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Gearing towards a comprehensive health sector response for gender based violence

WINDHOEK, Namibia – Health workers in Namibia should be able to carry out their duties diligently following the launch of a Clinical Handbook for Survivors Subjected to Intimate Partner Violence and/or Sexual Violence that is expected to provide a comprehensive response-based approach to Gender-Based Violence (GBV) victims at clinical level.

Today, Ministry of Health and Social Services (MoHSS) in partnership with World Health Organisation and United Nations Populations Fund (UNFPA) launched the Handbook with the aim of re-orienting health workers and strengthening synergies between MoHSS and other key ministries to provide quality and improved services to survivors of GBV.

Mr. Ben Nangombe, the Executive Director of the Ministry of Health and Social Services, said that the health sector is a key partner in the prevention of, early intervention and response to gender based violence. “Survivors who have been abused or assaulted need care and support. Health-care providers may be the first people in whom a survivor confides and speak about the violation they experienced. The health sector is thus, in most cases, an entry point to formal service provision,” he stated. 

 “There are practical steps throughout this Handbook to help while caring for and supporting a survivor who has experienced or is experiencing violence. There are simple steps that every health care provider, including those who are not specialists, can take to assist a survivor of violence to start recovering,” he explained.

Speaking on behalf of WHO and UNFPA, Mrs. Dennia Gayle, UNFPA Representative, also emphasised that health workers were among the front-line service providers that survivors sought help from, and was full of praise toward the government for collaborating and making the handbook a reality.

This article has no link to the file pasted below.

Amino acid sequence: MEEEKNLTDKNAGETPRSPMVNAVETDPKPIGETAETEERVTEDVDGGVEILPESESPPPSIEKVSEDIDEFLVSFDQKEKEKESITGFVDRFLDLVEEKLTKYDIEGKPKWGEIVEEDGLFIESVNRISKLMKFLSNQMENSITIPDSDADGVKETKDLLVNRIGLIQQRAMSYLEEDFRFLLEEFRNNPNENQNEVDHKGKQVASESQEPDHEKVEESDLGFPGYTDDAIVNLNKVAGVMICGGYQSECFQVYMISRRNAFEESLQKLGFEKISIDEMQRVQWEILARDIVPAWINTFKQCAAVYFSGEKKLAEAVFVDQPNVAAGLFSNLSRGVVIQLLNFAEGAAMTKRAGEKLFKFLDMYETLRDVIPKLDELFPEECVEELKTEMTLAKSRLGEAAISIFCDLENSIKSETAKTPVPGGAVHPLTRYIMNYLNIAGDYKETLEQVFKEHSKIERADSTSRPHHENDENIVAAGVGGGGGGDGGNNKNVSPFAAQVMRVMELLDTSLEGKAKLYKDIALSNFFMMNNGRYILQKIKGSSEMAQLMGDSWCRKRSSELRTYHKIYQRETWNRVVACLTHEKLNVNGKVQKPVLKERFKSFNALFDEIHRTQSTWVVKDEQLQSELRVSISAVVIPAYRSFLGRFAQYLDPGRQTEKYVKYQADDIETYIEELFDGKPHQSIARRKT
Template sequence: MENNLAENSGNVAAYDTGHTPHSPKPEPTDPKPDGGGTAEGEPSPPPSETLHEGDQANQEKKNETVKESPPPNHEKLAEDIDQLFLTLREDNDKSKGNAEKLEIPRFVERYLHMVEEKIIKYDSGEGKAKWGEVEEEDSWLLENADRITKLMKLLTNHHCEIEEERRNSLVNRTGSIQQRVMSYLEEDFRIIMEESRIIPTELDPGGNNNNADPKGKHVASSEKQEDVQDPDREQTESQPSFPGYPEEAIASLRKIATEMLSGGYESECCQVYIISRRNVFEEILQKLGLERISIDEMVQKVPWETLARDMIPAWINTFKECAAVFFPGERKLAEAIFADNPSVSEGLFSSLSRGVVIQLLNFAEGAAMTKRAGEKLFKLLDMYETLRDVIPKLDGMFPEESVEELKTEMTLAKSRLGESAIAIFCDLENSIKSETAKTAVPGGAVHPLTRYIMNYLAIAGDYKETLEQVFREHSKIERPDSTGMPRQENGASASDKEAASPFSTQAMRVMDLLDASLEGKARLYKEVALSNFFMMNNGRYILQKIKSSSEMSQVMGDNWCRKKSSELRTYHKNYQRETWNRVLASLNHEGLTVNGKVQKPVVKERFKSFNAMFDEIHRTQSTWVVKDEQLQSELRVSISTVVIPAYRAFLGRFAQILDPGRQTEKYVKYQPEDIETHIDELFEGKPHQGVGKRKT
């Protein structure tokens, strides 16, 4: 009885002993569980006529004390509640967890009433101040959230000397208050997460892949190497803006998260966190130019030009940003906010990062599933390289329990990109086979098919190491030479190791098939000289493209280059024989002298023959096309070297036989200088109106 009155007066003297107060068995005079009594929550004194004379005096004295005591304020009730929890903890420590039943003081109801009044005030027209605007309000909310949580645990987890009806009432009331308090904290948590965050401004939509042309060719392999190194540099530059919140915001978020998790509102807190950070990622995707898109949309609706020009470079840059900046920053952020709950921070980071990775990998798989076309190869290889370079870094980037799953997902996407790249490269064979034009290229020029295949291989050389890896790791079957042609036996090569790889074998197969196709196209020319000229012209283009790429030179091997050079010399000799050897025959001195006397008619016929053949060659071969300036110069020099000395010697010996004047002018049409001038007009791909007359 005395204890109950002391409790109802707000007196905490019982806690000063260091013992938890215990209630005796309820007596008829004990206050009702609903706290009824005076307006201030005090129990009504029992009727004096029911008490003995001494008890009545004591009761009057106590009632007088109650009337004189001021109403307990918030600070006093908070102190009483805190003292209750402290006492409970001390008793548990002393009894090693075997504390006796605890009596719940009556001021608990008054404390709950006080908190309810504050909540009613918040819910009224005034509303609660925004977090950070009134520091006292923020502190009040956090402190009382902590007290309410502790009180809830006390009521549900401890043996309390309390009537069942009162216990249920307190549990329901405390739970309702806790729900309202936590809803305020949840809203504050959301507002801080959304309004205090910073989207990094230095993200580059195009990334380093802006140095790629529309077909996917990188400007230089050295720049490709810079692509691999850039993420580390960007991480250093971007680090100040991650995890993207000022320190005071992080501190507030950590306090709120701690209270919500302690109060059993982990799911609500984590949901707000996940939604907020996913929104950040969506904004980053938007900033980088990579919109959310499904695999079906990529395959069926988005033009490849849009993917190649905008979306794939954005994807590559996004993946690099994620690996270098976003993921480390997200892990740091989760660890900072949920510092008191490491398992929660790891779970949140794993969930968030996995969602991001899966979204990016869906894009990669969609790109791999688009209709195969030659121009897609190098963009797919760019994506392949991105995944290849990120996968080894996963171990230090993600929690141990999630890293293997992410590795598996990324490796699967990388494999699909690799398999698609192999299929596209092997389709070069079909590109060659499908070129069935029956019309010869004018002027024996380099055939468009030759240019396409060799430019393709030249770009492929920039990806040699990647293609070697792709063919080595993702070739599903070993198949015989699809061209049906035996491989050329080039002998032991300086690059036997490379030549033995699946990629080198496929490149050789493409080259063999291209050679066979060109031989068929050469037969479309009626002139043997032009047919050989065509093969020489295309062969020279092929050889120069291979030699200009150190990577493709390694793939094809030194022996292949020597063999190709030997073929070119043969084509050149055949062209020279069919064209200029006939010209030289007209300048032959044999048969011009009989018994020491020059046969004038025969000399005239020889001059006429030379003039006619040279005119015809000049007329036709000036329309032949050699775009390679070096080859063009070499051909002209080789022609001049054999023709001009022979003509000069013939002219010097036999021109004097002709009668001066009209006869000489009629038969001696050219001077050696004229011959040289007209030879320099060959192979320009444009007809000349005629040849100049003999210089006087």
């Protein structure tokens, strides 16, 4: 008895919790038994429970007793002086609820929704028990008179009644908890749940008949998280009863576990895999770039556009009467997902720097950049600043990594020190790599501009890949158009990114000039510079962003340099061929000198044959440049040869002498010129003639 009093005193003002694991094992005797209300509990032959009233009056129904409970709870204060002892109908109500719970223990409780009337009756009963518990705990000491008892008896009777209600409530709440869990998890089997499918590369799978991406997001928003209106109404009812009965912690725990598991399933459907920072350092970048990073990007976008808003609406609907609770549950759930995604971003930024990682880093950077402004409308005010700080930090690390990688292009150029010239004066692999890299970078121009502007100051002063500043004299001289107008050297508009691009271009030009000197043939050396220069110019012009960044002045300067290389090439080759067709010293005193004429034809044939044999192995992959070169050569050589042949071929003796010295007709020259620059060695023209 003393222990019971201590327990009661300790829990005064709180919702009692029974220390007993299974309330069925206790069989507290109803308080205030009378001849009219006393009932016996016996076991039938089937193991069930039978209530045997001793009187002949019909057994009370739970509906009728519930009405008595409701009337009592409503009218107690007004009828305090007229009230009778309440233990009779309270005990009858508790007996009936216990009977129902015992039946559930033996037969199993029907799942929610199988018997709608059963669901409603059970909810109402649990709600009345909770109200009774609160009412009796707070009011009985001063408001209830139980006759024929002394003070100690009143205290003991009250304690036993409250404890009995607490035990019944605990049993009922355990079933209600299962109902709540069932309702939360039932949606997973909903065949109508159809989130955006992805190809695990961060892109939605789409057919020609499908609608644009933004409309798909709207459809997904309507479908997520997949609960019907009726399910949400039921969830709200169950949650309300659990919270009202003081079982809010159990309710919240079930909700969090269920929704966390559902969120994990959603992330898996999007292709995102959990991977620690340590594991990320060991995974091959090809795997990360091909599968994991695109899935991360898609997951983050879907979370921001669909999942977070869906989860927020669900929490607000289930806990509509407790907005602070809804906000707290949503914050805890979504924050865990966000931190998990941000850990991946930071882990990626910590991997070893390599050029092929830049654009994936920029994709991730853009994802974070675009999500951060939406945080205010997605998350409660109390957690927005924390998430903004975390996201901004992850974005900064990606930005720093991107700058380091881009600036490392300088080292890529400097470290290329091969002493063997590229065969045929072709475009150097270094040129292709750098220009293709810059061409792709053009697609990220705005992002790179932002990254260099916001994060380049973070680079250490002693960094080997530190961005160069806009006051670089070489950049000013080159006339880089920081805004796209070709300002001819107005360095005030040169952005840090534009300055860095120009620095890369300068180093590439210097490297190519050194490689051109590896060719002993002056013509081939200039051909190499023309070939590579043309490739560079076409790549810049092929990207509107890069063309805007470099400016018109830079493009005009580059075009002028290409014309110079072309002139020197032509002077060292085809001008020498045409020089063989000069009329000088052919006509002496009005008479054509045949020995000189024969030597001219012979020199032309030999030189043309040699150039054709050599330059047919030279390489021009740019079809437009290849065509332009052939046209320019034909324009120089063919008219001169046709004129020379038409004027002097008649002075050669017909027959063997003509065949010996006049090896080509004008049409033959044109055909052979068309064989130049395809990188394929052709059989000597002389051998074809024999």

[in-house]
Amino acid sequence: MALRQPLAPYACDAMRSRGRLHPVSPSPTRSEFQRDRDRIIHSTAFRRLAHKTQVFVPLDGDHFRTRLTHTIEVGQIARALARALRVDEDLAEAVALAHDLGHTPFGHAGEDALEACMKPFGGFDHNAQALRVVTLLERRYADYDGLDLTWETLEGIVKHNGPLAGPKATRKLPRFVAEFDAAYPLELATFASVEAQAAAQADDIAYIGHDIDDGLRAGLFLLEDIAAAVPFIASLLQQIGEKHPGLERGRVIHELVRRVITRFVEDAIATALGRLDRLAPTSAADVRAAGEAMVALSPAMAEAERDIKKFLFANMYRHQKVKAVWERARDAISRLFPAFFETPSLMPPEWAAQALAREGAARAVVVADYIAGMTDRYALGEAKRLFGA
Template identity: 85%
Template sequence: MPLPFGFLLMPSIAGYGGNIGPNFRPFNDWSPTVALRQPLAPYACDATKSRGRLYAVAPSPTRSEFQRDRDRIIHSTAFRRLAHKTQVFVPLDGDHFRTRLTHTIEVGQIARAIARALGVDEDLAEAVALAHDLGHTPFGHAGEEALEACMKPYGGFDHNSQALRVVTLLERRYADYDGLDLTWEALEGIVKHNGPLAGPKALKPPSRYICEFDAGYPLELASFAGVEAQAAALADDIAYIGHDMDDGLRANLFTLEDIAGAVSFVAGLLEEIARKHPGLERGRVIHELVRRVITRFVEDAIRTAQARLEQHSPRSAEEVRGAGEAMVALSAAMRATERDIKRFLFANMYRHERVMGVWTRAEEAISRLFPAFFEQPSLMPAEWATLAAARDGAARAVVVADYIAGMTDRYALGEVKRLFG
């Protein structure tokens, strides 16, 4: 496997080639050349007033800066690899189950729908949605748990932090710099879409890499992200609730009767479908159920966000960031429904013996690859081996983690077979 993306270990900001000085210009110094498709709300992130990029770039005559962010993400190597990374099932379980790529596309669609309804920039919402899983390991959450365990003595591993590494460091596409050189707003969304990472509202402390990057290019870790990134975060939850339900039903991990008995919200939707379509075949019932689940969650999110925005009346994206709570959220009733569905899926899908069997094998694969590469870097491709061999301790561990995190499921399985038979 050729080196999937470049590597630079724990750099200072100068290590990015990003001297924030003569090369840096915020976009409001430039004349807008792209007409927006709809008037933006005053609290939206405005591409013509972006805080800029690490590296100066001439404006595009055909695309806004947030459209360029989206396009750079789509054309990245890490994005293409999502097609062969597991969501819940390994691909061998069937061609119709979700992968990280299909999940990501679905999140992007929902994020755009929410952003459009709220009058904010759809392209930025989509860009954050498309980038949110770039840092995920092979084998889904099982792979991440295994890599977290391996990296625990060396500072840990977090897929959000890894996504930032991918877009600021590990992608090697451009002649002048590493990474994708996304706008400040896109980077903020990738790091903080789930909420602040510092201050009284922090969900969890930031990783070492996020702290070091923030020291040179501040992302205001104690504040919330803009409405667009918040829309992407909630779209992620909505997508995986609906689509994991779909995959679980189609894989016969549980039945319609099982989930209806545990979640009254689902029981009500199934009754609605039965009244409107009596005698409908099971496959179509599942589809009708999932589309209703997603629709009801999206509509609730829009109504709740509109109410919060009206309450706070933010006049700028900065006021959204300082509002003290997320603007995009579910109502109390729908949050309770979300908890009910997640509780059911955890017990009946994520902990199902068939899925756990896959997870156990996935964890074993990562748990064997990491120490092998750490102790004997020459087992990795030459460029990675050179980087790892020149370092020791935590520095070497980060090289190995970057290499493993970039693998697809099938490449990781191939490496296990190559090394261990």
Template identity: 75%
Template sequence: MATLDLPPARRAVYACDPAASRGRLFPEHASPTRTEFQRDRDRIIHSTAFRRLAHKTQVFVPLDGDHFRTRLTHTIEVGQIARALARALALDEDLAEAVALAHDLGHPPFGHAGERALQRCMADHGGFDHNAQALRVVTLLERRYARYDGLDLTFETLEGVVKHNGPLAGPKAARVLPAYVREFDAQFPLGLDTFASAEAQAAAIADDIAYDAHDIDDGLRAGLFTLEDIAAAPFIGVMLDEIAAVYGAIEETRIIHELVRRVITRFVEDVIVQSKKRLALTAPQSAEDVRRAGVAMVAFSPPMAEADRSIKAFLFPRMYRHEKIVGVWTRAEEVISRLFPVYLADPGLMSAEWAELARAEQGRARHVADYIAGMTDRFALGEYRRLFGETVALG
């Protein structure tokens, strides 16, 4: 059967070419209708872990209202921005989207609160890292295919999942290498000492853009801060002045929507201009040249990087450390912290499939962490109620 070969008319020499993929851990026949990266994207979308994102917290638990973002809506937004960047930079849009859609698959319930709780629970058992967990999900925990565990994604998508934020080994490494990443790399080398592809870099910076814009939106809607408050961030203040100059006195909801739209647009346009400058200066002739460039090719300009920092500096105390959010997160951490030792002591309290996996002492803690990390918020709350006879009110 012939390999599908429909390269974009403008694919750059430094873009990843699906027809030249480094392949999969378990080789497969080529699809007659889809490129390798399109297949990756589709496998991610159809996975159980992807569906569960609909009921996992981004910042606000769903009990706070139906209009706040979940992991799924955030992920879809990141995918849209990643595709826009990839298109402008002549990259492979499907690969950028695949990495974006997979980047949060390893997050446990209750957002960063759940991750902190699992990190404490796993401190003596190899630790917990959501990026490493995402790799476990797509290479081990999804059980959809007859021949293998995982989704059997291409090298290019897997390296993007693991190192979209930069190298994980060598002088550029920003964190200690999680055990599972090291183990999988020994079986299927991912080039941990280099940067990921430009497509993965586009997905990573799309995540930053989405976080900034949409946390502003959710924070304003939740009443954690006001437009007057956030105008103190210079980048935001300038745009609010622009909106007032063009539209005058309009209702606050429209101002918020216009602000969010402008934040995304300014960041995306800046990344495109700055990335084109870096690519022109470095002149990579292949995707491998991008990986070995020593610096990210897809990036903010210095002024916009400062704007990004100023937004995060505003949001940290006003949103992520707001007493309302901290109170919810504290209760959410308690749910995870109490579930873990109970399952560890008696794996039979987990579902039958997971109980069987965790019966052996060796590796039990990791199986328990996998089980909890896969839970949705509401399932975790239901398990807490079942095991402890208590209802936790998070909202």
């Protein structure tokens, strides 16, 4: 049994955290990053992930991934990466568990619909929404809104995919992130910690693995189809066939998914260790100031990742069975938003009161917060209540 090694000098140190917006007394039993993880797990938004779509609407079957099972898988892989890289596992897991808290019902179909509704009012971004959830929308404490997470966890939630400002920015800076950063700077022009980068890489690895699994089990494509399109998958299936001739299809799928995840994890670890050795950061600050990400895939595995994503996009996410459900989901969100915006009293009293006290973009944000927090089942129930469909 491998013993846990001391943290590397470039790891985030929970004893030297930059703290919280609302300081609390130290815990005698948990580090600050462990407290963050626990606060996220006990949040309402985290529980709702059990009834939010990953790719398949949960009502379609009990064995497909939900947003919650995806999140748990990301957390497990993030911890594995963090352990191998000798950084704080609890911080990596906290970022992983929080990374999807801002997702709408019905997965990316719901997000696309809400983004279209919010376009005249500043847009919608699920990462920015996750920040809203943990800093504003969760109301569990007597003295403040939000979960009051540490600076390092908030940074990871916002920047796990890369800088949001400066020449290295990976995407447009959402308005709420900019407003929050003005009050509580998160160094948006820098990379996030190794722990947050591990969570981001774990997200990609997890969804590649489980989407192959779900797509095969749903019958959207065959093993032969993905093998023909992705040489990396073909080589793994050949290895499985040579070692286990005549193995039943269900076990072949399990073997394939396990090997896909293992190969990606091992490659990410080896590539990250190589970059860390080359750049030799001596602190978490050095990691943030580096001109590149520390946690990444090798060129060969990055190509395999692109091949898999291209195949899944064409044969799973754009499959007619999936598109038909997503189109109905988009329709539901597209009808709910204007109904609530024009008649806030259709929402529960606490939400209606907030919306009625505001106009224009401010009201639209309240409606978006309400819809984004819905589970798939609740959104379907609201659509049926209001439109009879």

“It is indeed encouraging to see that Government is striving to address GBV especially against women and girls. While primary prevention of violence against women and girls – especially adolescent girls is paramount – response and impact mitigation are important levels of interventions. The role of the health workers in prevention and response to intimate partner violence and sexual violence cannot be undermined,” said Gayle.

Gayle is of the belief that the only way to address GBV effectively is through a multi-sectoral approach that incorporates prevention, protection and response, as well as the provision of essential services in health, police, justice and psycho-social support.

“I am in particular delighted to note that the Handbook also makes provision to respond to mental health needs of victims/survivors which is often not addressed.”

The five part Handbook focuses on, among others: Awareness about GBV; First-line support for intimate violence and sexual assault; as well as Additional clinical care after sexual assault. It also touches on Additional support for mental health and Intimate partner violence and family planning.

In the coming months, the Health ministry will train health care workers at facility level in various regions on the Clinical handbook, provide supportive supervision; monitor, document and start to report on victims/survivors of GBV accessing services.

“It is important that all health-care providers understand the relationship between exposure to violence and women’s ill health, and are able to respond appropriately,” advised Gayle.

Violence against women and children in Namibia remains a key public health concern.   The last (2013) Demographic Health Survey reported that , 33 percent of ever-married women age 15-49 report ever having experienced physical, sexual, and/or emotional violence from their spouse, and 28 percent report having experienced such violence in the past 12 months prior the survey.  Among ever-married women who had experienced spousal physical violence in the past 12 months prior the survey, 36 percent reported experiencing physical injuries.  Six percent of women reported experiencing violence during pregnancy.